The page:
iGEM Dundee 2013 · ToxiMop

Week 0

One intrepid team member ventured in to the lab before anyone else to give us a wee head start. Much of this time was spent fiddling around with the iGEM plasmid pSB1C3 and the gene central to our project encoding protein phosphatase 1 (PP1). The problem was PP1-encoding gene has a PstI site within it, a site that we needed to use to get it in to pSB1C3. This meant doing a lot of quick changes to change the sequence.

Week 1

This was the first week doing proper lab work for much of the wet team, and we were thrown in at the deep end! However thanks to help from our supervisors and other experienced team members we thankfully found our feet. We managed to amplify DNA encoding the three signal sequences we require (MalE, TorA and PrsA) and clone these DNA pieces into our plasmid (pUni-prom).

In addition to this, a lot of time this week was also spent mapping out our project and our strategies – for example, attaching a HA tag to our PP1 protein to allow us to perform Western Blots - looks like we have a lot of cloning ahead of us!

The Dry Team's first week included tutorials from our supervisors to get us up to speed with the biology, most of us had never done biology before so this was a steep learning curve!

Week 2

Yep, lots of cloning for the guys in the wet lab, most importantly ligating DNA encoding PP1 and HA tagged PP1 (PP1 HA) into pUniprom containing our signal sequences. This should give us the construct: pUniprom – Signal Sequence – PP1, which should act as our molecular mop. On the detector side of things we began thinking about engineering EnvZ and PrkC as possible PP1 detectors.

The team in the dry lab began work on “Operation Moptopus”, a modular computer acting as a lab in a box. We also began work on a model to compare the current detection method to our 1 hour detection method by analysing the production rate of algae.

Some time was also spent thinking about branding and our team logos and mascots, recruiting a graphic designer for some quality images, check out our Facebook profile picture!

Week 3

A mistake with primer sequences set us back a little this week. The primer for our PP1 gene with a HA tag attached added the incorrect restriction site. Nothing daunted however, we immediately ordered new (correct) ones in addition to primers for amplifying DNA encoding our possible PP1 detectors EnvZ and PrkC. Hopefully by next Monday we will have it cloned in proper!

In the dry lab we began to model the dimensions of our bacterial mops E. coli and B. subtilis and we set up a small Matlab programme, to show PP1 being packed in the periplasm or on the surface, and give us the maximum numbers for each bacterium.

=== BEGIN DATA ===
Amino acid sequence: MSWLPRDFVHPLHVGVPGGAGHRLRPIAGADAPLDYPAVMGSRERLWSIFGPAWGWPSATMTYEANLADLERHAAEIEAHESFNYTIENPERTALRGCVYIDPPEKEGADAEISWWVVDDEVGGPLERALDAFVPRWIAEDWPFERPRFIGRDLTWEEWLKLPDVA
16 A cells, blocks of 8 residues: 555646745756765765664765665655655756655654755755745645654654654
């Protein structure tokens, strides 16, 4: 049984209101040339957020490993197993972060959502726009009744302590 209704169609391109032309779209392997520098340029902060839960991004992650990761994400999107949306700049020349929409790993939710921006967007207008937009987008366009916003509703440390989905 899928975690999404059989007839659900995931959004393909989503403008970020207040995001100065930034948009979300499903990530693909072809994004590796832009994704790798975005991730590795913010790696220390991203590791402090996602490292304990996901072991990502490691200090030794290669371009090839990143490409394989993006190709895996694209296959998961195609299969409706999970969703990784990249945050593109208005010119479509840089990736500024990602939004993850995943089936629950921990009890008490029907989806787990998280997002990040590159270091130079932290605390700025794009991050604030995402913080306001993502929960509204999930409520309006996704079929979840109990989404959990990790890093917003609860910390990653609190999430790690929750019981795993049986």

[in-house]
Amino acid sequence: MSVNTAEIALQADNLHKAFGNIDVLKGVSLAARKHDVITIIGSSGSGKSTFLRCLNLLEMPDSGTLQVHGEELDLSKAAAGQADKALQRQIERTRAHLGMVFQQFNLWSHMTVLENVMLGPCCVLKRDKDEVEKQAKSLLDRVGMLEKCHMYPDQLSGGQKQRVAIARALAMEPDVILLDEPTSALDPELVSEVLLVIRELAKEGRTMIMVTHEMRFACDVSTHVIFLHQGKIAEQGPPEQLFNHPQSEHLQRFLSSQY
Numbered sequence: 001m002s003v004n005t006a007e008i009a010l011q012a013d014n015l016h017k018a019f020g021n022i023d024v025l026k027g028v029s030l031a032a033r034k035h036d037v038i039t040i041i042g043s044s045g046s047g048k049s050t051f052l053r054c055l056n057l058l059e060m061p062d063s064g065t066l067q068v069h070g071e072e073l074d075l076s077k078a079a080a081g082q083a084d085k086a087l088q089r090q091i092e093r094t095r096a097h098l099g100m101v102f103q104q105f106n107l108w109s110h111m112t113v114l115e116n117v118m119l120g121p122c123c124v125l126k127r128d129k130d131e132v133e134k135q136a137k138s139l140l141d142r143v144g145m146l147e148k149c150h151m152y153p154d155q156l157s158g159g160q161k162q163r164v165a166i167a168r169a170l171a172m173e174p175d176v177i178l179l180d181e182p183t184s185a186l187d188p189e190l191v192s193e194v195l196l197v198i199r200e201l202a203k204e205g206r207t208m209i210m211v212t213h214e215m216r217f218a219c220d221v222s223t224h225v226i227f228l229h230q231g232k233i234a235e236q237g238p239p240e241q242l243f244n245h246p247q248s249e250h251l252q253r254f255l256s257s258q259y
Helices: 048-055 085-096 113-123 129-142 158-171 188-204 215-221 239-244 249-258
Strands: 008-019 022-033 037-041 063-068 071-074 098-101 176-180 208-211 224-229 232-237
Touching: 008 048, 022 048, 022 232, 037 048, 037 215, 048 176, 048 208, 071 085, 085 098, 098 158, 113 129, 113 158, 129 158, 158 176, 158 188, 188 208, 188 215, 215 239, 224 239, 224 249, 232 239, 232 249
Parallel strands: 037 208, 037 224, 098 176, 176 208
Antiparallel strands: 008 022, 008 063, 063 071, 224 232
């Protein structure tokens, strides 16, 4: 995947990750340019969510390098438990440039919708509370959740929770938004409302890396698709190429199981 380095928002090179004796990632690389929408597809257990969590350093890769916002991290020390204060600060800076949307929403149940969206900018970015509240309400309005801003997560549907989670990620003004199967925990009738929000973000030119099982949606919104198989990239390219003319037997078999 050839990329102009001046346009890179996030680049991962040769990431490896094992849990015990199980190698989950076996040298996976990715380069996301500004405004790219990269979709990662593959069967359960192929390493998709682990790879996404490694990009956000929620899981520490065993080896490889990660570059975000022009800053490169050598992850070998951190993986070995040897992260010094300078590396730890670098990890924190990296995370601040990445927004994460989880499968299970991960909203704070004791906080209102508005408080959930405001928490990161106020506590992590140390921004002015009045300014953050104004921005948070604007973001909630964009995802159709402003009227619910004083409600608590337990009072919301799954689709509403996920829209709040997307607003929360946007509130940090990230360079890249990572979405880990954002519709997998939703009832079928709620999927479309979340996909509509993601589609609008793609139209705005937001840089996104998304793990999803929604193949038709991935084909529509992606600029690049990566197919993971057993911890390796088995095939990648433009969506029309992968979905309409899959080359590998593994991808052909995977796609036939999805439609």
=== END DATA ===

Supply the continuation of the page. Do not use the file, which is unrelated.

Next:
Also this week we had a visit from a very special guest, our university rector and world famous movie star Brian Cox. Mr. Cox was very interested in our project, so much so that we might see some collaborative work from him in the future… Watch this space.

Week 4

This week the Wet team had to be split into three, to cover more ground and get more work done! The team was split into Detector, E. coli mop and B. subtilis mop. We also got sequencing data back for our constructs saying they were all correct, meaning that we could go ahead with cell fractionation and run our first Western blot! In addition to this the detector team managed to clone the 5' regions of envZ and prkC.

The Dry team, this week, researched transcription and translation models and got together some rate constants from research papers. Our deterministic model began to take shape.

A few members of the team went to meet with Ranger George Potts in regards to the algal bloom problem at Clatto Country Park causing it to be shut over the summer. This proved to be very helpful, he also provided us with images of the park from the past and visitor numbers from over the years.

Brian Cox came back to visit us! We took him to the university radio station and he agreed to record some voiceovers for future use. Check out the youtube videos!

Week 5

Our first Western Blot came through this week, suggesting that export of PP1 via the Tat pathway was working far better than export via the Sec pathway. In light of this, we started work on characterising cells lacking a functional Tat pathway that contain our TorA-PP1 construct and blotting them against normal wild type cells with our Tat construct to make sure that PP1 was being exported by the Tat pathway. Another blot of the MalE-PP1 construct was performed, the results of which seemed to suggest that PP1 may be getting stuck in the membrane of E. coli during export. Not ideal!

The detector team began cloning the PP1 gene downstream of envZ and prkC this week, hopefully it will go smoothly...

...unlike the B. subtilis mop. We are having to jump through some hoops to get PP1 in to a plasmid that B. subtilis will accept. This involves using an intermediate vector in order to get the right sticky ends on the ends of the construct.

The main aim of the dry team this week was to put together poster designs and presentation layouts for our trip to London next week. This also meant both teams started to write up all the information they had so far for the poster and wiki. In addition, whilst developing the wiki website problems within the iGEM CMS were both noted and addressed. This information was to presented in the London Meet up to Randy Rettberg ( The President of iGEM) and all attending members of the YSB 1 in London.

We also featured in our local papers the Forfar Dispatch, Kirrie Herald and the Courier, getting the word out about synthetic biology and algal blooms to our local community!